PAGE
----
Inflation and expectations for WSU’s FY24 budget


Carolyn Hauschild

Winona State University has experienced an 18% decrease in its budget since 2018. An all-university budget meeting was held on March 15 to go over the inflation and expectations for WSU’s future.

Madeline Mill, News Reporter

On March 15, Winona State University’s budget meeting covered both the highs and the lows that can be expected this upcoming school year. Vice President of Finance and Administration Scott Ellinghuysen presided over most of the meeting along with President Dr. Scott Olson.

Increased spending on programs combined with lower university enrollment have greatly impacted the budget. Enrollment for Winona State has experienced a 5.4 percent decrease since spring 2022 and a 18 percent decrease since 2018.

The competitive marketplace for students has required more money to be funneled into scholarship funding. In the last three years, general fund scholarship expenditures have increased from $750,000 to $2.7 million.

Inflation impacted several areas, including increasing costs for things like interpreter services, liability insurance and workers compensation, as well as food prices and energy costs.

This graph charts the fall and slow bounce-back of freshman enrollment over recent years. Vice President of Finance and Administration Scott Ellinghuysen commented on how the university plans to minimize any impact of high inflation on the students. (Contributed from: Winona State University)

Despite the high inflation rates, the Winona State administration is hoping to limit the impact on students.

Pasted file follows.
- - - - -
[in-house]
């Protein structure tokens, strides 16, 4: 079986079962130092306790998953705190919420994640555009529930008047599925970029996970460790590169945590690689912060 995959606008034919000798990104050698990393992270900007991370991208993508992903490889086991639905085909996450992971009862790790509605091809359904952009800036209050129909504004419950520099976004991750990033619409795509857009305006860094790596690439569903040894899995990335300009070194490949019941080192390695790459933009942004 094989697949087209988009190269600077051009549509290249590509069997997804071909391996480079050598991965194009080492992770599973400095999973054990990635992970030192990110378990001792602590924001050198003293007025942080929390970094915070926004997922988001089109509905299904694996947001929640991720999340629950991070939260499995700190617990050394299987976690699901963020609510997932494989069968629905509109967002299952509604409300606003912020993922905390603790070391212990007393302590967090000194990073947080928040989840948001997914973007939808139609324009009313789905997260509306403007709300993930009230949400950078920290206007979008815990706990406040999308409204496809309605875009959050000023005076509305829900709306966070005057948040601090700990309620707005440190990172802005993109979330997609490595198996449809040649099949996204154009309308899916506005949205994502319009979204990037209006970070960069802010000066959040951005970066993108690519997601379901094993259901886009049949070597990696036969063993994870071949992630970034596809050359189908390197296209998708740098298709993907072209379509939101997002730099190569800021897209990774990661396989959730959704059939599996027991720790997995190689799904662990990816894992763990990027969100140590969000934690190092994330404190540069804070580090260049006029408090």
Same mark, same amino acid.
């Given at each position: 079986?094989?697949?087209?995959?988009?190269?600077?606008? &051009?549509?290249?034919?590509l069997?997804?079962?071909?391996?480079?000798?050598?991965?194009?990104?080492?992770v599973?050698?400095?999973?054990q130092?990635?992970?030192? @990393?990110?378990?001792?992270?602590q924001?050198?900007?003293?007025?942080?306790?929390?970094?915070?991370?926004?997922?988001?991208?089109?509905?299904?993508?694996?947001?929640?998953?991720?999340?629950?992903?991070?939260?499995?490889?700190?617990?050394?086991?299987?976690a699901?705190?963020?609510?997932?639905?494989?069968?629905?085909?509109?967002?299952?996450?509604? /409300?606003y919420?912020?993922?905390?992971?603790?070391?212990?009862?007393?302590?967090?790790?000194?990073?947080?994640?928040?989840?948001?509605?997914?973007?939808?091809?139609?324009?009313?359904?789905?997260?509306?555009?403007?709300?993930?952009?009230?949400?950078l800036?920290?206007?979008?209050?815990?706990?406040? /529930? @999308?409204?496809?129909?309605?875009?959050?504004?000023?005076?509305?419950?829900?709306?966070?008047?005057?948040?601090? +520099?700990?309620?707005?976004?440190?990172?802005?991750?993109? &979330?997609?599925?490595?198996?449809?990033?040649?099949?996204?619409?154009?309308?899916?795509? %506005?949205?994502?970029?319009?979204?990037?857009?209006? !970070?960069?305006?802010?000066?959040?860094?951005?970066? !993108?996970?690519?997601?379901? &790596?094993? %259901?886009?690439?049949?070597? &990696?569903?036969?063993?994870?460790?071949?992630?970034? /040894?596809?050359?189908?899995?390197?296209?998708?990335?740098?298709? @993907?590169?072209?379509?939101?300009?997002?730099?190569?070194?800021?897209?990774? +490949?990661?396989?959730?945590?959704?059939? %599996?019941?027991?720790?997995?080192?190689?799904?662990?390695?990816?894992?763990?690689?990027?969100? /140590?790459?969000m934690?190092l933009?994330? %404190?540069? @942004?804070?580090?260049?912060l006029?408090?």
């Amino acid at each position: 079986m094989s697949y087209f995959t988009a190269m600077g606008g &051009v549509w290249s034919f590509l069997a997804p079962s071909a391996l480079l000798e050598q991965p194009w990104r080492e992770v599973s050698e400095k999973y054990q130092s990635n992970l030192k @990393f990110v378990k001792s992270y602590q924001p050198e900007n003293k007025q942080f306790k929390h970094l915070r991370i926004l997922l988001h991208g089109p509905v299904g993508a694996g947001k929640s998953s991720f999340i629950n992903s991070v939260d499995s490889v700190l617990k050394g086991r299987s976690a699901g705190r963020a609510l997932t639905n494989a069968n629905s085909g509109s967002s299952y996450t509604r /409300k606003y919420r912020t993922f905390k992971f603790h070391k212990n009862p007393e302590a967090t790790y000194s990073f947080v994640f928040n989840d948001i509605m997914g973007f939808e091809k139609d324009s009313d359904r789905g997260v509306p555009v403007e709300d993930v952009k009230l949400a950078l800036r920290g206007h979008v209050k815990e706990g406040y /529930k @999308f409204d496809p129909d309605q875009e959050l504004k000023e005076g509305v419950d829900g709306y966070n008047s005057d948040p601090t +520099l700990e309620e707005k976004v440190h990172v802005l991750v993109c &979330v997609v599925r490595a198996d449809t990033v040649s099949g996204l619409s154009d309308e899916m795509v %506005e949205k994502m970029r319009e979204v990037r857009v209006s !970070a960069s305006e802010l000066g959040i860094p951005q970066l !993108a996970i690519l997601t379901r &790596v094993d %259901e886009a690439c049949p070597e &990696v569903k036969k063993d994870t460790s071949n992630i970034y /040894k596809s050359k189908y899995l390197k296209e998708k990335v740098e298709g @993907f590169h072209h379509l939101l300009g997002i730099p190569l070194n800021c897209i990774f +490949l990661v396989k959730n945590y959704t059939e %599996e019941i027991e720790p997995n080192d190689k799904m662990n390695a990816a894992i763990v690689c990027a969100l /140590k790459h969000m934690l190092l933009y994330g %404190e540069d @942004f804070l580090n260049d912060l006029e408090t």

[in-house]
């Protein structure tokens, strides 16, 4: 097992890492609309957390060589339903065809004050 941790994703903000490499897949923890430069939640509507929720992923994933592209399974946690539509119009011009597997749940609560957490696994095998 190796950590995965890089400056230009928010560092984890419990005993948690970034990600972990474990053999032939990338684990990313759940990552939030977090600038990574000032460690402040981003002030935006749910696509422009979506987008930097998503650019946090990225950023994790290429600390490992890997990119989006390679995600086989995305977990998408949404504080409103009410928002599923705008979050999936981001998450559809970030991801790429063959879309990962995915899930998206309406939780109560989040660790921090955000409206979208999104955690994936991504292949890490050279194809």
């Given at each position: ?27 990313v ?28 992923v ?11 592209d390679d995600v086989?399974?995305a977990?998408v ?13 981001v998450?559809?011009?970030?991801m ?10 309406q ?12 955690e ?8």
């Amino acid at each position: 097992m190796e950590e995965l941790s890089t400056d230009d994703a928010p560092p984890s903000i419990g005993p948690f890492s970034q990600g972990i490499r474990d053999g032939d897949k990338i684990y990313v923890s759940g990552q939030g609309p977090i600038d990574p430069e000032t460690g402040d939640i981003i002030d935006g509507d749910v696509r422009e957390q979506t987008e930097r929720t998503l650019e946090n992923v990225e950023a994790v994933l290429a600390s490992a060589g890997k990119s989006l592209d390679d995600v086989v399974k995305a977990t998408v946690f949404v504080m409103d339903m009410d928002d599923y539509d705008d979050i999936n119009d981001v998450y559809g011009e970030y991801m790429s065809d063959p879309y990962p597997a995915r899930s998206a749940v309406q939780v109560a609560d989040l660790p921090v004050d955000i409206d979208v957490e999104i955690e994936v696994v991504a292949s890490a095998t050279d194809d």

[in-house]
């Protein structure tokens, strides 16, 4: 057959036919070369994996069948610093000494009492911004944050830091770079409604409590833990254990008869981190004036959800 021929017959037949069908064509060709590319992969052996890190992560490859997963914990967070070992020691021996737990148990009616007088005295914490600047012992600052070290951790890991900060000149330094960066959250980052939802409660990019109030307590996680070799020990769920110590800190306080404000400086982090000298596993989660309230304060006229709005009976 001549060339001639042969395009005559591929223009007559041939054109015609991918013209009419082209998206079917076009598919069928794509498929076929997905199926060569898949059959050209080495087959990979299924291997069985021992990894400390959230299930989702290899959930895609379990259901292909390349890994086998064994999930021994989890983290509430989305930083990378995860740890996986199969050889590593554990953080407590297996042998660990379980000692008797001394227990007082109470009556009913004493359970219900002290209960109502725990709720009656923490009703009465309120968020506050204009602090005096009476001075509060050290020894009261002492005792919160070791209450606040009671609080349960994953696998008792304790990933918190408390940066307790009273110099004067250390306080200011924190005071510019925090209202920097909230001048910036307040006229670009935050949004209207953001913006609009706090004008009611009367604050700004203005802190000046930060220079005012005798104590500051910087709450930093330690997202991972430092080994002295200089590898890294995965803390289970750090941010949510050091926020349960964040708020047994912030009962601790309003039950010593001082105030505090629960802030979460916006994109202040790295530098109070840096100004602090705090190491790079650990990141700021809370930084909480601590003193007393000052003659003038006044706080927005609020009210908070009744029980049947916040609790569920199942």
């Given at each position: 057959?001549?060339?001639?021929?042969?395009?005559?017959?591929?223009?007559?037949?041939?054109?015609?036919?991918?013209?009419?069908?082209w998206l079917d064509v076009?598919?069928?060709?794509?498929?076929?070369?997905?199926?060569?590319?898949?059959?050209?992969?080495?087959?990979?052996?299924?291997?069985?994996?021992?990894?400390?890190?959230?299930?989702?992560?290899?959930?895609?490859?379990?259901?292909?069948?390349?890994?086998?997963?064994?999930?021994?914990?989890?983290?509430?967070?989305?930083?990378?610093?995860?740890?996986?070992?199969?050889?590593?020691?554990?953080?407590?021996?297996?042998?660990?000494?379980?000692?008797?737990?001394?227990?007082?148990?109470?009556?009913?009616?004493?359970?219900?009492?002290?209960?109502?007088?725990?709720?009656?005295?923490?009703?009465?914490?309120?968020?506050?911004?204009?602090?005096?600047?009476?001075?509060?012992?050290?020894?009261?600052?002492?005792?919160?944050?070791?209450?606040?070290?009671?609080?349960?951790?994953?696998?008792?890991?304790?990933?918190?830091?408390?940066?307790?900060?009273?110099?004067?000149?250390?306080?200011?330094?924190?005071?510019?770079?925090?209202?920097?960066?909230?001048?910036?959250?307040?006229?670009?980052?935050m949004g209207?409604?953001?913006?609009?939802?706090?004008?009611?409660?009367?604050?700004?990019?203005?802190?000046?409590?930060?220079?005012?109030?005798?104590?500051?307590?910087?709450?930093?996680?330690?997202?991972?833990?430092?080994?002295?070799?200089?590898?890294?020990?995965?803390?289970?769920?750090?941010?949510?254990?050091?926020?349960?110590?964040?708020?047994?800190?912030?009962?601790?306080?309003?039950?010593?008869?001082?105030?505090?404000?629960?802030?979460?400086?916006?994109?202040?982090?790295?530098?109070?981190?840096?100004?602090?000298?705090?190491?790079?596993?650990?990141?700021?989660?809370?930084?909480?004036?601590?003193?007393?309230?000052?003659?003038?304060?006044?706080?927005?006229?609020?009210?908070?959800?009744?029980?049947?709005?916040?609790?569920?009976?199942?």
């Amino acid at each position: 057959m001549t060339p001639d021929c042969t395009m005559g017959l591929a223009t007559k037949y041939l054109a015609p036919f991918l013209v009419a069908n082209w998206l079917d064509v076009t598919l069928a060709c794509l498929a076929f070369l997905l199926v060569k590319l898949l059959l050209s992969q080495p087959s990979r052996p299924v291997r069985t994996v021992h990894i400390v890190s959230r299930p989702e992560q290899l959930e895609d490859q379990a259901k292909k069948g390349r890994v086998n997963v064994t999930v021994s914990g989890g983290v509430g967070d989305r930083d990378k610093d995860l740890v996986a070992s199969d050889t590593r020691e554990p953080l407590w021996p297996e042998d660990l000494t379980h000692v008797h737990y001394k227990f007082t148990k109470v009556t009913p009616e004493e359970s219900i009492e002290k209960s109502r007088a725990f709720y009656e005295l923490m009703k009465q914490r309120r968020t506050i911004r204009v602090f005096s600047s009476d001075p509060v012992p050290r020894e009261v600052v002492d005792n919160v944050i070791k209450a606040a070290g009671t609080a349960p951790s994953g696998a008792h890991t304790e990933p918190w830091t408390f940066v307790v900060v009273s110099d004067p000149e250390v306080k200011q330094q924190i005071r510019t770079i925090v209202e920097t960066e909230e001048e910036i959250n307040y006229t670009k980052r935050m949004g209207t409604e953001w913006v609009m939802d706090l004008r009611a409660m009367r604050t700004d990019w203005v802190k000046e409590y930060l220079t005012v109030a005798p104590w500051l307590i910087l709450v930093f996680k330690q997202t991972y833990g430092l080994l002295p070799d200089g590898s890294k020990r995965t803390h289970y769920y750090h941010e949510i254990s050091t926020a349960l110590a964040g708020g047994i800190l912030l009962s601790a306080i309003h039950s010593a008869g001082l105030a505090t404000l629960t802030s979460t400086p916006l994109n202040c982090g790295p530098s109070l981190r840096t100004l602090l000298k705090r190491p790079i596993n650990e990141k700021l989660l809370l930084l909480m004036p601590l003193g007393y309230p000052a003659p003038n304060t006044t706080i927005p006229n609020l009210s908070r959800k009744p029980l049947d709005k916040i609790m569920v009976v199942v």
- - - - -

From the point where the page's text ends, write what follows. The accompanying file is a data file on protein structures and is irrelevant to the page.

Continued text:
“We’re looking at a 0 percent board increase, so we’re trying to keep those costs down for our students,” Ellinghuysen said.

Ellinghuysen also stated that as of now, the university does not plan on laying off any existing personnel or reducing the current operating budget.

Several Winona State students have expressed concern for what they would like prioritized within the budget. Answers varied, from parking situations to department and program issues. One of the biggest suggestions from students was funding and focus on mental health resources.

Makenna Sommer, a third-year at Winona State, thought more mental health resources could be helpful for students.

“We do have great mental health services, but I do think you can always budget more into it,” Sommer said.

Cheyenne Halberg, a fourth-year at Winona State, agreed that funding for mental health services should be prioritized.

“After COVID, there has been a huge decrease in students’ mental health, and I think easier access to those healthcare professionals would be beneficial,” Halberg said.

Halberg also brought up the lack of psychiatric professionals on campus and the difficulty in accessing the few who are available.

“I remember trying to schedule an appointment with a therapist or counselor on campus, and it was a three month long waiting list,” Halberg said.

Halberg and Sommer both felt that certain programs and services, like Tevera, should also be covered in the budget or by tuition, rather than being paid for out of pocket by students.

Ellinghuysen relayed some exciting news for students from the Capital. Senate is currently reviewing a bill that would offer free tuition for the first two years of college. Senate is also considering implementing a tuition freeze.

Winona State is anticipating that Senate will pass an investment bill which would assist in the construction of the new CICEL project. This project concerns the upcoming replacement building for Gildemeister and Watkins Halls.

The full FY24 Budget can be accessed here: